4 Simple Ways to Help Yourself Stay Merry and Bright This Winter

Winter is definitely coming (…or perhaps it’s already here, depending on where you live in the world…), which means it’s time to start preparing for darker days and colder temperatures. But fear not, seekers of light and coziness! Winter can still be a time of wellbeing and contentment, so long as you do your best to shut out the seasonal blues.

Here are a few suggestions and friendly reminders that will hopefully help you feel merry and bright throughout the coming months.

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Read on for more…

1 – Get Your Hygge On

Hygge – pronounced ‘hoo-guh’ – is a Danish term encompassing ‘a quality of coziness and comfortable conviviality that engenders a feeling of contentment or wellbeing,’ as defined by the Oxford Dictionaries. It is derived from a older Norwegian word, hugga, meaning ‘to comfort’ or ‘to console’ and is related to our English word hug. No wonder the word itself gives me warm fuzzy feelings inside! 

So how does one get their hygge on, hmm? For starters, try lighting some candles – or get a crackling fire going in your fireplace if you have one. Snuggle up under a plush throw blanket in your comfiest, coziest loungewear. Say yes to chilling out in chunky knitwear and woolen longjohns and fuzzy slippers. Eat stuff that is familiar and comforting, like your favorite pastries. Treat yourself to a nice hot cup of cocoa and marshmallows, if that’s something you enjoy. Read a good book in a cozy nook, and spend some quality time with friends, loved ones, and pets.

pexels-photo-11289762 – Be Cozy Yet Connected, Not A Hibernating Hermit

It can be tempting to retreat into our homes and hibernate during the dimmest, coldest days and nights of winter, but try to resist doing this entirely. Make an effort to stay connected with those people in your life who bring you joy and try to get together when you can.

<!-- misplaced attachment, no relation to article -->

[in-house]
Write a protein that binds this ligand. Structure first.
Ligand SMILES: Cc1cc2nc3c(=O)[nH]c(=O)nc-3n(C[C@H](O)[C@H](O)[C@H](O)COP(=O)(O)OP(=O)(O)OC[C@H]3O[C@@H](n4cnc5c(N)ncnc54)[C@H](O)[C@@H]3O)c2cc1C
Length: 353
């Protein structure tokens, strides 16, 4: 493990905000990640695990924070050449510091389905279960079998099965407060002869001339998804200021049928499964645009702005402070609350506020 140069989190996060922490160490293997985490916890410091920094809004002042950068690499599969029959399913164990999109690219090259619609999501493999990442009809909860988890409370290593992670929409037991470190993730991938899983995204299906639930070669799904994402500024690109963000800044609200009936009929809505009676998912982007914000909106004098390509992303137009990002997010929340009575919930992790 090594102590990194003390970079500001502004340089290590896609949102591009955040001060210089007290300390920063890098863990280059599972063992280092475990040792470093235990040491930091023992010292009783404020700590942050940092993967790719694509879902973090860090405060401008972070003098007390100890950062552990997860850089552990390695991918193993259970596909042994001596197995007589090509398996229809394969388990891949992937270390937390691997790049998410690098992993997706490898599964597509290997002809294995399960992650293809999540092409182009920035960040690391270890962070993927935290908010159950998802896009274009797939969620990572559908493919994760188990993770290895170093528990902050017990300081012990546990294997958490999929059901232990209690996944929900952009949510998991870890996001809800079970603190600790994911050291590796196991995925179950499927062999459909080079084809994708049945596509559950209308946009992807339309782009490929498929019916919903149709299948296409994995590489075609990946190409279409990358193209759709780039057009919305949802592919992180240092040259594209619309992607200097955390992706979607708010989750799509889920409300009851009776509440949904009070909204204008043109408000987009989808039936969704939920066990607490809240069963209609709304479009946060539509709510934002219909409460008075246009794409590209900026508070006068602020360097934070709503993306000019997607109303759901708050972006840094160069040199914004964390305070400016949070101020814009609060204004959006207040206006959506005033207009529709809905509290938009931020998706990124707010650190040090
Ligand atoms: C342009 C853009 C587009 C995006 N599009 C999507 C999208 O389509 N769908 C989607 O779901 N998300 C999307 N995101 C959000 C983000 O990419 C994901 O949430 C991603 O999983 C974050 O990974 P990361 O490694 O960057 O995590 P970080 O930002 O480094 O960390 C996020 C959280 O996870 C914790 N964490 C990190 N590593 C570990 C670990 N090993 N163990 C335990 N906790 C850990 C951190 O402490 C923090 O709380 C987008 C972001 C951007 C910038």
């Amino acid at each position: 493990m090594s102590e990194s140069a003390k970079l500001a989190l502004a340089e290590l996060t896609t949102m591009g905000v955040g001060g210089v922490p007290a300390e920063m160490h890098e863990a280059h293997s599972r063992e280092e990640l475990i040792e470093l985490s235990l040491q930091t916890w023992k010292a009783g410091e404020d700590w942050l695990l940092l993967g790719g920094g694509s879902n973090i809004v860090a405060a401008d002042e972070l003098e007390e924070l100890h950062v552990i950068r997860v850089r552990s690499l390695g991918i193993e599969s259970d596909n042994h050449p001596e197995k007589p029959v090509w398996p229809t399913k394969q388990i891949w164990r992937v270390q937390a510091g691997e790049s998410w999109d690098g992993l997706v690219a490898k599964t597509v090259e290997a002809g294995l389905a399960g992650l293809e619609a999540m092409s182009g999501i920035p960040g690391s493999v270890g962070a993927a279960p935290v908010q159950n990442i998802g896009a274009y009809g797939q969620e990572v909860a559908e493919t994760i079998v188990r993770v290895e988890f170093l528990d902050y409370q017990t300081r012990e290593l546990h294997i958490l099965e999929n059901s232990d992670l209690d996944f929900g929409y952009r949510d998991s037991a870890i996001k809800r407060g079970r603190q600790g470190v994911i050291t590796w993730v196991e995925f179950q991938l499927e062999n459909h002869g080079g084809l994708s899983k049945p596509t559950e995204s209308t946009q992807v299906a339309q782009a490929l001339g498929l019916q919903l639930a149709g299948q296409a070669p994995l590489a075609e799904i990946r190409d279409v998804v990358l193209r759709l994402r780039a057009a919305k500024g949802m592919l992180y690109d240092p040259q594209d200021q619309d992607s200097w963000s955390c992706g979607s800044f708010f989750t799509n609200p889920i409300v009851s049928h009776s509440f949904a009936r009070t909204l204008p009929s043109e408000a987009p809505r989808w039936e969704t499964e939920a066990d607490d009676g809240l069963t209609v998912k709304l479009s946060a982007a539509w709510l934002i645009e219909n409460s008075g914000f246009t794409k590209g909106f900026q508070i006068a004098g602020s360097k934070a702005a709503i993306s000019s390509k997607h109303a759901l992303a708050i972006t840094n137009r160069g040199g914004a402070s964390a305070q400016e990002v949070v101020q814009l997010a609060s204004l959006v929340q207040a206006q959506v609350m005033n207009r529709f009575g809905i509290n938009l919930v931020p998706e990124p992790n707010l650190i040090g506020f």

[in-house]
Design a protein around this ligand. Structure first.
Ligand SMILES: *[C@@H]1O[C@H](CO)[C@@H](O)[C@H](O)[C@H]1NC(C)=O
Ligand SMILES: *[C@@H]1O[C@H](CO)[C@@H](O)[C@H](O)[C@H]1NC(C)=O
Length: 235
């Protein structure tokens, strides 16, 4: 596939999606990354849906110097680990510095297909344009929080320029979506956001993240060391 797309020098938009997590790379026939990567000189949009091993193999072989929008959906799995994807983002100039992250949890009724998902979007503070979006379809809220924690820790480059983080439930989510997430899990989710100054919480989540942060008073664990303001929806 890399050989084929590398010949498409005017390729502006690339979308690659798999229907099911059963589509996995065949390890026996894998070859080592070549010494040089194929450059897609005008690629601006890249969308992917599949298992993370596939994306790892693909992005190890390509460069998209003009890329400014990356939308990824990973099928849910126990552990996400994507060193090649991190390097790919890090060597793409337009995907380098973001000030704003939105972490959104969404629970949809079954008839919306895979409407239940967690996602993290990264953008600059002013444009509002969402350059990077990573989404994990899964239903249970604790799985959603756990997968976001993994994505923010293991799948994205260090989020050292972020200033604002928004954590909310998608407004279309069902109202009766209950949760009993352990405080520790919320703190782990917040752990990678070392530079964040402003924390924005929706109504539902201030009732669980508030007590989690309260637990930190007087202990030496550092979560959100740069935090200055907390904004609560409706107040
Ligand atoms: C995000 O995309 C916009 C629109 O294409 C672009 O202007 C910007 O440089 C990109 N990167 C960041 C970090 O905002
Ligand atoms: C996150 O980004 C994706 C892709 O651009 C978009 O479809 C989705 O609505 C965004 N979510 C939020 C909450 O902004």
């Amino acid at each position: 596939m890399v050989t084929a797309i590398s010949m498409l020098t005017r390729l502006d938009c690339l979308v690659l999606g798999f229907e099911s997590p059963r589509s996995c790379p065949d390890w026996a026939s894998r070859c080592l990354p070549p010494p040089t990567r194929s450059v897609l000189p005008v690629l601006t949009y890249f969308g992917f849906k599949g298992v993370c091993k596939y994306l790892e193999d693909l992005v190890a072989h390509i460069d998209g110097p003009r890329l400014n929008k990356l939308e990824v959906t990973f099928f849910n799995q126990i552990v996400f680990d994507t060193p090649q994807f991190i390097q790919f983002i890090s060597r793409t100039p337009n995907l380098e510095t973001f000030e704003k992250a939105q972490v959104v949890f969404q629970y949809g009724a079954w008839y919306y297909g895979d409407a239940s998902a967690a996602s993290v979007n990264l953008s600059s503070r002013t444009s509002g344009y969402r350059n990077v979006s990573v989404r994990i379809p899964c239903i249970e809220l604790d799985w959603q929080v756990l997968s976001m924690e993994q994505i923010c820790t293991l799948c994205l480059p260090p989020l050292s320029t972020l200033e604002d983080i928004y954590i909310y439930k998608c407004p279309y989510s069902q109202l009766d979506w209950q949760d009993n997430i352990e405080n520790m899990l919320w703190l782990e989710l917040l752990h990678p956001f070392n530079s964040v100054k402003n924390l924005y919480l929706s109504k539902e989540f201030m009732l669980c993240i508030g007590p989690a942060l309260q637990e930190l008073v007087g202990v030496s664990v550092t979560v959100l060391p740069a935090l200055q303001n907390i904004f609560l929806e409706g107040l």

If you don’t happen to live nearby to your friends and family or they all happen to be away different places for the winter, consider doing something else somewhat social. Perhaps there is a volunteering opportunity near you that you could try out during the winter months? 

pexels-photo-3568083 – Eat Well, Feel Better

I’ve perused dozens of health, fitness, foodie, and wellbeing sites to assemble a list of foods recommended by a variety of dieticians and researchers to help boost mood and combat the seasonal blues. 

A few key nutrients for the winter months seem to be complex carbohydrates, omega-3s, vitamin D, vitamin B, protein, and iron. 

Our bodies need vitamin D in conjunction with calcium in order to maintain strong, healthy bones. When we’re out and about in the sunshine, direct sunlight interacts with a chemical in our skin and converts it into a form of vitamin D. In the winter when there is less daylight, we often don’t get as much of this vital nutrient as we need. One suggestion is to eat more foods rich in vitamin D during the winter months. These foods include salmon, beef, eggs, fortified milk, fortified orange juice, and oatmeal.  

Complex carbohydrates are thought to increase serotonin levels in the brain, inducing a calming effect. Because they take longer for your body to break down, these nutrients may also help you feel fuller and warmer for longer. Oatmeal, quinoa, lentils, chickpeas, and whole grain breads are good sources of complex carbs. 

Some other feel-good foods include flax and chia seeds (packed with omega 3 fatty acids), dark chocolate (loaded with all sorts of antioxidants), citrus (containing lots of folate), and avocado (rich in vitamin B).

pexels-photo-10655884 – Walk Off Those Winter Blues

Regular exercise in winter can boost your mood as well as your immune system. While we exercise, our bodies release various feel-good chemicals like serotonin. If it’s simply too cold to go outside, try hitting the nearest gym or find a suitable place in your home to do a workout of your choice. If you can wrap up warm and bear it, still consider exercising outside in winter where possible. There may be fewer daylight hours but you can still make the most of them, perhaps getting an important bit of vitamin D while you’re at it. 

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Of course, this is not an exhaustive list. Got any other winter wellness tips you’d like to share with everyone? Feel free to leave a comment below. Thanks for stopping by, and may your transition into winter times be a happy, healthy one!  

 

 

 

 

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